In my part of the world, we have reached the days of earliest sunset. Night falls at 4:11pm. Tomorrow will be the same. But Friday, the sun will hover on the horizon for one more minute in the evening. The days will still be growing shorter for a couple more weeks, but that trend of more light into the evening hours will continue.
I love the winter. I love the darkness and the cold. I love snow. I even love ice though only if I don’t have to be out in it. But I also feel more lively when the days are lengthening. November depresses me with the ever-encroaching night that falls on the day like lead. The shadows are long here by 2pm. It’s noticeably dark by 3 o’clock. Add in the cloud cover and my greenhouse is sort of Stygian most of the afternoon; it’s downright scary long before closing time. I don’t mind the long nights, but I’m not at all fond of the increasingly short days.
I found years ago that if I pay attention, if I record these little details about day length and sunsets, I am less perturbed by the gloom. It doesn’t feel as forever. Just a few days of sunset at 4:11 in the afternoon and then it swings back the other way. Just a few weeks of short days and the sun’s rolling path will bring an earlier sunrise as well as a later sunset. Knowing that this happens is not the same as noticing. Knowing is abstract. Noting is both experienced and internalized. I can feel the changes and trends. I have sensual wisdom that is increased every time I make time to notice and record these things.
So I do that. I record the local weather and night skies. I watch for firsts and lasts — blossoms, frost, swallows, constellations. I also try to pay attention to things beyond my patch of the globe, especially the big things. But this gets harder every day. Big things is a broad category of events these days. What might have made the weather notebook as something extraordinary just five years ago now is unremarkable. Or I suppose remarkable only in that it happens all the time now, whereas just five years ago it was an historic event. I don’t have notebook space for all the big events these days, never mind the capacity to notice and internalize it all. It brushes over my skin, leaving behind a vague feeling of contamination but not a visceral feeling of the wrongness. I just can’t feel all of the world’s defilement.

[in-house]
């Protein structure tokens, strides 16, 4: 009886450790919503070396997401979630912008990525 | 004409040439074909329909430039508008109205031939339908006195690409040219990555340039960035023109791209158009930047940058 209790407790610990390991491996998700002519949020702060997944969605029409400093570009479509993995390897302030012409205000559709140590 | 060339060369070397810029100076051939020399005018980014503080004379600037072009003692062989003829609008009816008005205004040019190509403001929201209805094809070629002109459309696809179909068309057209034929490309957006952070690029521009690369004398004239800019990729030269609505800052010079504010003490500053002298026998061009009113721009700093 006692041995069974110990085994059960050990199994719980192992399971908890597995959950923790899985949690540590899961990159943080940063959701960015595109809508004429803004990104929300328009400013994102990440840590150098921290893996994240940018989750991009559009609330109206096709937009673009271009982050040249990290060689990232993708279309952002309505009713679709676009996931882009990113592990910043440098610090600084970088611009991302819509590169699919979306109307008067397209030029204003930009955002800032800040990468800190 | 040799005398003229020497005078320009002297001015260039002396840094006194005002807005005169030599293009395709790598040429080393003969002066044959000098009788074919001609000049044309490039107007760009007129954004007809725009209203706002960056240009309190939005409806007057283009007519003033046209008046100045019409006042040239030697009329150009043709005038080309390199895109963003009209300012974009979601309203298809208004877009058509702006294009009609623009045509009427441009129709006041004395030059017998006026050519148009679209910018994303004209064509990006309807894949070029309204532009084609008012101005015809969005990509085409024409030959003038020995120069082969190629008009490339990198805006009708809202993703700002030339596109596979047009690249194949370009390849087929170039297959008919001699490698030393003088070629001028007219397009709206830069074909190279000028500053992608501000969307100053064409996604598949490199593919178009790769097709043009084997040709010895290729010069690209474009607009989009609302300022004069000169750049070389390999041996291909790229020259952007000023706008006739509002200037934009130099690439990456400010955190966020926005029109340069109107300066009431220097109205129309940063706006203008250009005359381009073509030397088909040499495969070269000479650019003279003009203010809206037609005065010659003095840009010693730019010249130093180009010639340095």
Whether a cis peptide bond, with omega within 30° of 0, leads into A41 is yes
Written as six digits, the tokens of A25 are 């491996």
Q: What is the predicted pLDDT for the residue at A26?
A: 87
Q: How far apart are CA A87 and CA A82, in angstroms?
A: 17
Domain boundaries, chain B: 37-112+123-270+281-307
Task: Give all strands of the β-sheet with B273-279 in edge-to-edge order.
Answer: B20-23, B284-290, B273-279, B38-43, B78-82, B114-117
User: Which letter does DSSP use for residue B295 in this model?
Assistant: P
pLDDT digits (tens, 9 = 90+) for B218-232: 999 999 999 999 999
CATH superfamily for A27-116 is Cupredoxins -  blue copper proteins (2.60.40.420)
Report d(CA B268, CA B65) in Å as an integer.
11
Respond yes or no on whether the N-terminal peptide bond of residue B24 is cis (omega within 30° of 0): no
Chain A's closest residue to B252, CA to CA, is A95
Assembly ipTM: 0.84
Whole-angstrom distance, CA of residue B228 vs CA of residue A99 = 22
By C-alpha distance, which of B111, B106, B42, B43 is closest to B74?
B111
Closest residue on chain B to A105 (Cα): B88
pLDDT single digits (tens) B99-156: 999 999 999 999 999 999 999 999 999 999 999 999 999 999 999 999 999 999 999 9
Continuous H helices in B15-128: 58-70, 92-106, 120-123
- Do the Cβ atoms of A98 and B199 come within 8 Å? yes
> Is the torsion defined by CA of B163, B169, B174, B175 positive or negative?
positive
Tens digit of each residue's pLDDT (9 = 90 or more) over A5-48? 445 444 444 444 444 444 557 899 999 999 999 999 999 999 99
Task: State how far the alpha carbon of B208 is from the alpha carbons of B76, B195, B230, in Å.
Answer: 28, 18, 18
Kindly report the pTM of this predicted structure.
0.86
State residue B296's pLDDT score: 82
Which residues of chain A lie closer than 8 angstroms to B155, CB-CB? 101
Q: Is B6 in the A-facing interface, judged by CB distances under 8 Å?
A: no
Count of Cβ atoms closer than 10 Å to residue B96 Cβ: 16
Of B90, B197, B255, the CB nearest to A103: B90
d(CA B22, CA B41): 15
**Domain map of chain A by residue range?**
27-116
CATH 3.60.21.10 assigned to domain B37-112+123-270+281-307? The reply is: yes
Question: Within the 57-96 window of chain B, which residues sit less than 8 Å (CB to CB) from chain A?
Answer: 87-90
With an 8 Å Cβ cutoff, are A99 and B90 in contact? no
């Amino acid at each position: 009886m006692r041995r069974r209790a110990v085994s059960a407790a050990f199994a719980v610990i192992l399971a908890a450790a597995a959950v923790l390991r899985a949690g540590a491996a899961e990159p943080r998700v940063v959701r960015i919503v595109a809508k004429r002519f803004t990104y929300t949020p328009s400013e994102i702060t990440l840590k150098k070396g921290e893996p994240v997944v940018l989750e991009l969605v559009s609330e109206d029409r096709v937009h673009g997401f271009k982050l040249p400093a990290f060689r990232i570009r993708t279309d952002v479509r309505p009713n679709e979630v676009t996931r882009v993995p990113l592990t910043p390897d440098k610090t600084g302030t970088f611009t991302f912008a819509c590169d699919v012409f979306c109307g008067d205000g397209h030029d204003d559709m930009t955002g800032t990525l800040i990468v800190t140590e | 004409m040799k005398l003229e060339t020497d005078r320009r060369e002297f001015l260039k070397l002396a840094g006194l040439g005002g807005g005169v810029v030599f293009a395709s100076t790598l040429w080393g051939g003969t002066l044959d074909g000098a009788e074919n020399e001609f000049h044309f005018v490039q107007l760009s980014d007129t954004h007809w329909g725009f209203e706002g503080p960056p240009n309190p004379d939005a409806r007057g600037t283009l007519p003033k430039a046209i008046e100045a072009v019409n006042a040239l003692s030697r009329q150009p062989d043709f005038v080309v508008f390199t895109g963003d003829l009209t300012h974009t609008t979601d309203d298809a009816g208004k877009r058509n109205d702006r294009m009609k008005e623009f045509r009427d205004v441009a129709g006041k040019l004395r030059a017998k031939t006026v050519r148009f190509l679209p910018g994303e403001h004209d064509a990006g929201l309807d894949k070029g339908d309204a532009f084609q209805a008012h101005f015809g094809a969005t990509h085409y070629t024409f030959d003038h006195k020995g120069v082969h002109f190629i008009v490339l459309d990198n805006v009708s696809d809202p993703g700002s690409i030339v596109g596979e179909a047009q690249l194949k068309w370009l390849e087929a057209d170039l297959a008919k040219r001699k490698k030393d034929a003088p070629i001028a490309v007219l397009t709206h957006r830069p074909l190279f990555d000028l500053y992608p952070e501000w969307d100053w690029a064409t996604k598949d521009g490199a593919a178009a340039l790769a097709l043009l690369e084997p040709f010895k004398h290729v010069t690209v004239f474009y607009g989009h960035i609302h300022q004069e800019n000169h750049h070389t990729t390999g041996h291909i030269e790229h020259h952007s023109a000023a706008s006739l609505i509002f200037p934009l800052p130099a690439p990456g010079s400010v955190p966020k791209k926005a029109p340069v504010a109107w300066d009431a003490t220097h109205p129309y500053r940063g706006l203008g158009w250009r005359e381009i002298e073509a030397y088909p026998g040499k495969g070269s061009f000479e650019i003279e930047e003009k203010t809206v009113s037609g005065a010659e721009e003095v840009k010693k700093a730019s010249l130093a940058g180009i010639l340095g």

Maybe that is for the best. I see such despair in people who are trying to feel everything, who are trying to note all the destruction in a continual stream of jagged memento mori for ourselves, for our cultures, and for the world we are mutilating. I understand the urge. We have made this mess; we should feel the guilt and the pain. We should note it. But I feel that we are trying to feel more than we are capable of feeling. Or bearing. There is such hopelessness in simply trying to notice all the wrongs never mind right them. And hopelessness breeds apathy eventually, even in the most ardent campaigners.
So I have chosen the small. I have drawn lines around what I am capable of feeling and, to a lesser extent, what I am capable of affecting. I have chosen the small in many ways. I believe in small things. Humans are small. We are ephemeral. Even all this waste we are wreaking on the world will be a small drop in earth time, barely noticeable in the geological record. That is both humbling and reassuring. I don’t matter very much. Humanity doesn’t matter very much. But at the same time, if we all focus on the small ephemera of our daily lives, if we noticed what we do and noticed how we fit into our places, we can effect change in beneficial ways. We have short reach, but in that circle of arms we can do mighty things. Grow a garden. Plant a woodland. Make the soil viable and vibrant. Care for all those around us. Feel our places.